There are certain questions that we are asked on a regular basis, which is great because we love to talk about what we do and why we do it. However, we thought it might make sense to gather the answers to the most commonly asked ones and put them all in one place. The FAQ below should give you a bit of an insight into what we are all about and why we think our way of farming is important for the future of the planet.
What can you grow?
Theoretically, anything. Even root vegetables such as carrots and the like could be grown without using any soil whatsoever. That being said, it is perhaps not the best use of time and energy as it would ultimately be a very expensive carrot.
Within the CEA industry the current primary focus is on microgreens, leafy greens, herbs and even some fruits. These products have a fast growth rate enabling us to grow and sell them at competitive prices to match glasshouse and traditional growers. As the technology improves so will the practical capabilities of growing more adventurous products. We have seen how far the industry has come over the last ten years and we are excited to see what the future holds.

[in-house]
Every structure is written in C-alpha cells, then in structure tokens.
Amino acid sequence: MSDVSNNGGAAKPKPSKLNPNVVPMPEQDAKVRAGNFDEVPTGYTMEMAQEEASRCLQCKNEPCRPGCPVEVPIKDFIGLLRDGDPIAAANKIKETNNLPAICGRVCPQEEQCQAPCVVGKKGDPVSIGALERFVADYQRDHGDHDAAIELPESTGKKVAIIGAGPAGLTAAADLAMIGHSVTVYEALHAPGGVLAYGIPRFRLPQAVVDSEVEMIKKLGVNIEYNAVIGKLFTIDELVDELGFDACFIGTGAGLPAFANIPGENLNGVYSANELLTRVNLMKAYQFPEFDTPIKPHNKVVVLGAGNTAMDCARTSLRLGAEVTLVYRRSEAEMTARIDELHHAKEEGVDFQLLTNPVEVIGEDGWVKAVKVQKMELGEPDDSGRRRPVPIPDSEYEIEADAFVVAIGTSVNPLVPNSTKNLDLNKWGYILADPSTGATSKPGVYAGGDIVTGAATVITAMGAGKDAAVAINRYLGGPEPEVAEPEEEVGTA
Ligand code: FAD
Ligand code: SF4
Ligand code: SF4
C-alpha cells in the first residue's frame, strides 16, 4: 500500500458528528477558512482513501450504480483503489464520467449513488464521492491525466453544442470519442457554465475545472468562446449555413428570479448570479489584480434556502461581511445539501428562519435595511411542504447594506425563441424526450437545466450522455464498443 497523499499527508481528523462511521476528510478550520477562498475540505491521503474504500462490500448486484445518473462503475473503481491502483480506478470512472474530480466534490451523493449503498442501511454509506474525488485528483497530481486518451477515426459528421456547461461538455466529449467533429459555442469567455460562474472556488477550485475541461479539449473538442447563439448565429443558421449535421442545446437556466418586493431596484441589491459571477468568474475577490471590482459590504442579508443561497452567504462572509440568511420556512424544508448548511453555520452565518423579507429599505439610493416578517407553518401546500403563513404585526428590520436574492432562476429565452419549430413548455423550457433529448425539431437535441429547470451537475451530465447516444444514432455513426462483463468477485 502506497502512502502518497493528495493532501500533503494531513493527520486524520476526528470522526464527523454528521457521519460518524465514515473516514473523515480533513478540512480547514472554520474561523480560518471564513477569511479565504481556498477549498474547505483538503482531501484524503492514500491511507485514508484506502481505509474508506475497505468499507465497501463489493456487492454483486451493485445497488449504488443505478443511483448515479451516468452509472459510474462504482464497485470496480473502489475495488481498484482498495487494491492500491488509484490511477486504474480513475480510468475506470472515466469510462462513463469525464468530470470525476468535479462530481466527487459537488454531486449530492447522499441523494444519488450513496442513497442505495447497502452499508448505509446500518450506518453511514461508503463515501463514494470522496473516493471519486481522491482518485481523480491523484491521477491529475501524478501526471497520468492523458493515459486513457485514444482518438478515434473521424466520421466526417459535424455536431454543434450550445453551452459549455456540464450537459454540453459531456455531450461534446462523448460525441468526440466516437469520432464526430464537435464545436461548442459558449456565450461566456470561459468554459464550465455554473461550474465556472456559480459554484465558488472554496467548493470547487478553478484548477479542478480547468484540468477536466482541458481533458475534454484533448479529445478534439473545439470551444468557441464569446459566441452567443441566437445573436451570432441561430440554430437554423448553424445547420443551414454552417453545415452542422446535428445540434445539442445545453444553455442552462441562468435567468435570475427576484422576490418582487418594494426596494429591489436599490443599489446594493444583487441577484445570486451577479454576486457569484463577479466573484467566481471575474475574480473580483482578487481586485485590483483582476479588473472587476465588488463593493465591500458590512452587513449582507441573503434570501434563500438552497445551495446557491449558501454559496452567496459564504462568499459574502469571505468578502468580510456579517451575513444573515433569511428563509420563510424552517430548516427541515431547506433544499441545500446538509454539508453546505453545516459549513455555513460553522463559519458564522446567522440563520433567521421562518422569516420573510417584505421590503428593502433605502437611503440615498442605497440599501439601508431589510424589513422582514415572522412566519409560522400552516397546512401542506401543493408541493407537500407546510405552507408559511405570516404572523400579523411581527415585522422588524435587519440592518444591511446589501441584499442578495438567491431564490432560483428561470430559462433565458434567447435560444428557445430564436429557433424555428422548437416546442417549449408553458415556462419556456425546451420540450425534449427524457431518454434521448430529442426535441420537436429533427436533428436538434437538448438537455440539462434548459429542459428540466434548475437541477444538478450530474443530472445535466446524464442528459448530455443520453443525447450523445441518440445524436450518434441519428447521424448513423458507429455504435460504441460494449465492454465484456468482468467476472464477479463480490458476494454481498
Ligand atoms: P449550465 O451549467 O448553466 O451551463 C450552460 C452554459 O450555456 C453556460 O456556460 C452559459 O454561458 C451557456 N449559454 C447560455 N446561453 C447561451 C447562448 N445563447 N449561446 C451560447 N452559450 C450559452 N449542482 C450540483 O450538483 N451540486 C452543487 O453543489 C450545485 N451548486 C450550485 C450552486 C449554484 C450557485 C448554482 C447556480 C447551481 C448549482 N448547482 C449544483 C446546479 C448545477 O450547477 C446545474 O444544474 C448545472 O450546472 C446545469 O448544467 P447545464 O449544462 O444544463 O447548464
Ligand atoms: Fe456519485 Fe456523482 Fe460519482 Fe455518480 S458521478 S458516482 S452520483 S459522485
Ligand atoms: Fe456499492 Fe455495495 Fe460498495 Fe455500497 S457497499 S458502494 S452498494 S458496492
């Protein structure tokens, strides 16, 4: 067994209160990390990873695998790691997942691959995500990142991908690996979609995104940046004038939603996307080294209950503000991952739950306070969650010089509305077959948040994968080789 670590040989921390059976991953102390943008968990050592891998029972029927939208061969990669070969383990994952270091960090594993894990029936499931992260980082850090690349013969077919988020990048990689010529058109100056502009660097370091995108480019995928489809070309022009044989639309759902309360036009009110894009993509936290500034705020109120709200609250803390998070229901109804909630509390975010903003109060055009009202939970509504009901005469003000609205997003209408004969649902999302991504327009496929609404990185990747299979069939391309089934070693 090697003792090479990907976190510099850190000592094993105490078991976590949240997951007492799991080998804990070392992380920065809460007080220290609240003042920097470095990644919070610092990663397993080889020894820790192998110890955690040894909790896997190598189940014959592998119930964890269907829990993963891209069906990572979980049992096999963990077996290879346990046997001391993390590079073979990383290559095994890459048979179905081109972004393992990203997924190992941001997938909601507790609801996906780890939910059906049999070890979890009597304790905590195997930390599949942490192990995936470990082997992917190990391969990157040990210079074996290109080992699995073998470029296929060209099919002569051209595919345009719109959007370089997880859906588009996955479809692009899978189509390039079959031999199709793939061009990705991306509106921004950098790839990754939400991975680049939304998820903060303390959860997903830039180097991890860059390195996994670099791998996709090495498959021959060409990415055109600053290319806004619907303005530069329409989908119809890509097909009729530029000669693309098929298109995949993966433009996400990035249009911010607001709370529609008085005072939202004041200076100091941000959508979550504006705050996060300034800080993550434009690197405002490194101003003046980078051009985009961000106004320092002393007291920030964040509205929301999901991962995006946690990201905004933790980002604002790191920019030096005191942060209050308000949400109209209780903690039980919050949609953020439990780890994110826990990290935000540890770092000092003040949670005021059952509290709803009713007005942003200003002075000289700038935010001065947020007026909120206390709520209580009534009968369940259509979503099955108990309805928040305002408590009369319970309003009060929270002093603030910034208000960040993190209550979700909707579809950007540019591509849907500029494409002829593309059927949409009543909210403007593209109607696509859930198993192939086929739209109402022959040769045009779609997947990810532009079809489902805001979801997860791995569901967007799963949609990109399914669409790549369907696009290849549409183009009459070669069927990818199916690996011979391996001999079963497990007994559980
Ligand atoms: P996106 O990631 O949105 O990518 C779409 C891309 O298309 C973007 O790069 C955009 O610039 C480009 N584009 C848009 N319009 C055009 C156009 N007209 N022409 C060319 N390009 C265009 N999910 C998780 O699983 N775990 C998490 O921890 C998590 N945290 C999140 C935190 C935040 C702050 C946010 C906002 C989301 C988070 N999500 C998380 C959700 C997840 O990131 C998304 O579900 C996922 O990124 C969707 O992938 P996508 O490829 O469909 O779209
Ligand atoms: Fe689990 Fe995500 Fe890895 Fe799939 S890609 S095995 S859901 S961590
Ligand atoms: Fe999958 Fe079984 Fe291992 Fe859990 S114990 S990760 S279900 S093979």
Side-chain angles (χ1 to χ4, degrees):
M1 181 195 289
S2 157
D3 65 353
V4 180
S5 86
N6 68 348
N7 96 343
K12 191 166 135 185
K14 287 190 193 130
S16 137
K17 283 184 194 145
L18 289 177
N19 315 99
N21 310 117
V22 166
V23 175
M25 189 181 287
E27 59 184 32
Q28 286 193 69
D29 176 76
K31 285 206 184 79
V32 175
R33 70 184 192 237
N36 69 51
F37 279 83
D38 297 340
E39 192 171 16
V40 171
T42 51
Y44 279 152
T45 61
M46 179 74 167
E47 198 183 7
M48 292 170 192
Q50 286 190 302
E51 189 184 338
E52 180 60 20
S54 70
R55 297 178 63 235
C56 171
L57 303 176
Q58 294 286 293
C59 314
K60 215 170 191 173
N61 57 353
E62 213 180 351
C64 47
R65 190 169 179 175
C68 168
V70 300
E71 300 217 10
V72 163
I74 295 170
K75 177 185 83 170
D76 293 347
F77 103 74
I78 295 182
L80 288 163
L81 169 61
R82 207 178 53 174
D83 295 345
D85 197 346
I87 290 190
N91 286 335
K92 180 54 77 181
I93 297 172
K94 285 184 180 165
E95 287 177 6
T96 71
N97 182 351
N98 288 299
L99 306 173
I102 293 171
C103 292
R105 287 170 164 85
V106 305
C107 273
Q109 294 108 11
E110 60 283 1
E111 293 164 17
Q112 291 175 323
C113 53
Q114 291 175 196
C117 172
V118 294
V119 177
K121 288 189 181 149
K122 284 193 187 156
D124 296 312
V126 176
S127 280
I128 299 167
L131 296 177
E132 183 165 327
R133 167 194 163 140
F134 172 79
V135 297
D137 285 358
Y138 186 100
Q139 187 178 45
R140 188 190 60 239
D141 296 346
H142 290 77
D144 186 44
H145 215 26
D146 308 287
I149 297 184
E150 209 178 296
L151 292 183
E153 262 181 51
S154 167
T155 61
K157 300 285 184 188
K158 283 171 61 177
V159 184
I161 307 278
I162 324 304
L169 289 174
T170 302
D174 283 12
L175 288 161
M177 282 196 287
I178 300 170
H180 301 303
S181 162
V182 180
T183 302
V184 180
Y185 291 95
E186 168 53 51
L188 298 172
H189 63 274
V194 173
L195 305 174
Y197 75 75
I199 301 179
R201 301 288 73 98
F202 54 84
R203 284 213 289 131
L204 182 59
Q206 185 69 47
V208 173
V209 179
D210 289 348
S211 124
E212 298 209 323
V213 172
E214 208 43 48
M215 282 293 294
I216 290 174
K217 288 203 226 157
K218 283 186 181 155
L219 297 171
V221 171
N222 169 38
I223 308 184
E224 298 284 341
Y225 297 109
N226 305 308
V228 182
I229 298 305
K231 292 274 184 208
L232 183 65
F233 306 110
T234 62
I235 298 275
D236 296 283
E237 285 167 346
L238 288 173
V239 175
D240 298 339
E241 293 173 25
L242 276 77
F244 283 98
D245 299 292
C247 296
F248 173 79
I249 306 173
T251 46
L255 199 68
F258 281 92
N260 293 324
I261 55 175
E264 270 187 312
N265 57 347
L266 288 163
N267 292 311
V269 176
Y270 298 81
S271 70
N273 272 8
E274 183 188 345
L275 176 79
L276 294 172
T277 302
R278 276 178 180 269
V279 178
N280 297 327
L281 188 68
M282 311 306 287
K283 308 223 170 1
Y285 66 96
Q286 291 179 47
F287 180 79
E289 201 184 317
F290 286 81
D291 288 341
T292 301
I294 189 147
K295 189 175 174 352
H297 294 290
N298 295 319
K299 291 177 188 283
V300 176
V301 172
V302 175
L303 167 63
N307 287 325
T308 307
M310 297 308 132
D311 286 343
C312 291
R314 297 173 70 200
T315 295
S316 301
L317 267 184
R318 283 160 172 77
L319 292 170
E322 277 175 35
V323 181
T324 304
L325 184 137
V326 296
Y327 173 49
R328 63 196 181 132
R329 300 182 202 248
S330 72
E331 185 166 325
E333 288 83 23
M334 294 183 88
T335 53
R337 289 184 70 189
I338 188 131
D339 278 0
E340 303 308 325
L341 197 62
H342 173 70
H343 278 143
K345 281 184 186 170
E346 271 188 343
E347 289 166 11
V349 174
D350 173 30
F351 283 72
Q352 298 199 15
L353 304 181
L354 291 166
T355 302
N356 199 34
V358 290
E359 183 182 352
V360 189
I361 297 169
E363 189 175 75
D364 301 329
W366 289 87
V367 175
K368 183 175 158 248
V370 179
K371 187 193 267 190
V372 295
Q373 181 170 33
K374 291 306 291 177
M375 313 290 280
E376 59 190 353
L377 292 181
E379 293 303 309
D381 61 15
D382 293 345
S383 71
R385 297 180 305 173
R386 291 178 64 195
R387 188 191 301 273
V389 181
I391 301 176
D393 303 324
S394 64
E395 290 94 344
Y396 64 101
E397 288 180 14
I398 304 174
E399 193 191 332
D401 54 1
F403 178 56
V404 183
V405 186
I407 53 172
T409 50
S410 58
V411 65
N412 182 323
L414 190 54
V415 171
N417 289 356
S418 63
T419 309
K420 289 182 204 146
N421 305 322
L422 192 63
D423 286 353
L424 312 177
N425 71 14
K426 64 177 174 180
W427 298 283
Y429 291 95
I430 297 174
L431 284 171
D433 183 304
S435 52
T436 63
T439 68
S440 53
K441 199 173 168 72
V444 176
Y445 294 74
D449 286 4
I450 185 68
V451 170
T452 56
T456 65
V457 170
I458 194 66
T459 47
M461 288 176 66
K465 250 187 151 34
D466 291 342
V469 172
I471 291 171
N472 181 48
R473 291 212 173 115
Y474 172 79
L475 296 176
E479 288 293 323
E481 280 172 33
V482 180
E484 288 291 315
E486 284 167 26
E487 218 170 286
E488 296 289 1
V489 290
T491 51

How is your approach to growing going to save the planet?
Our farm uses up to 70% less water and a fraction of the space compared to conventional farming. Owing to our proprietary data, every m2 of a ZCF farm is significantly more productive than 1m2 of traditional farm land. This means we can grow more in less space and operate within dense urban areas which brings down our food miles and in turn reduces our carbon footprint. Reducing our carbon footprint to zero is an absolute priority for us.
This year, we officially became certified as Carbon Neutral +. Our certification is provided by Carbon Footprint Ltd in accordance with ISO 14064-1:2018 guidelines and the Greenhouse Gas Protocol’s corporate standards. To meet this standard we have accounted for all our GHG emissions in the past year and have offset these + 10% more to become net carbon negative. Moreover we’ve even offset our historic emissions going back to when our first farm came online in 2016.
While we are not claiming that our way of farming can save the planet, we certainly think that it is a step in the right direction. Growing in a completely controlled environment using less space and water and without any harmful pesticides or herbicides is certainly ‘better’ for the planet than alternative practices.
Isn’t the sun more sustainable than LED lighting?
The sun is the most sustainable source of energy we have, but it’s not something we can rely on seeing much of, especially here in the UK! Meanwhile, extreme weather events are on the rise globally and greatly impacting traditional farming.
We realise that growing via artificial lighting solutions requires more electricity than plants grown outdoors. However, the LEDs that we use to grow on our Clapham farm are extremely efficient, requiring very little energy to make our plants grow.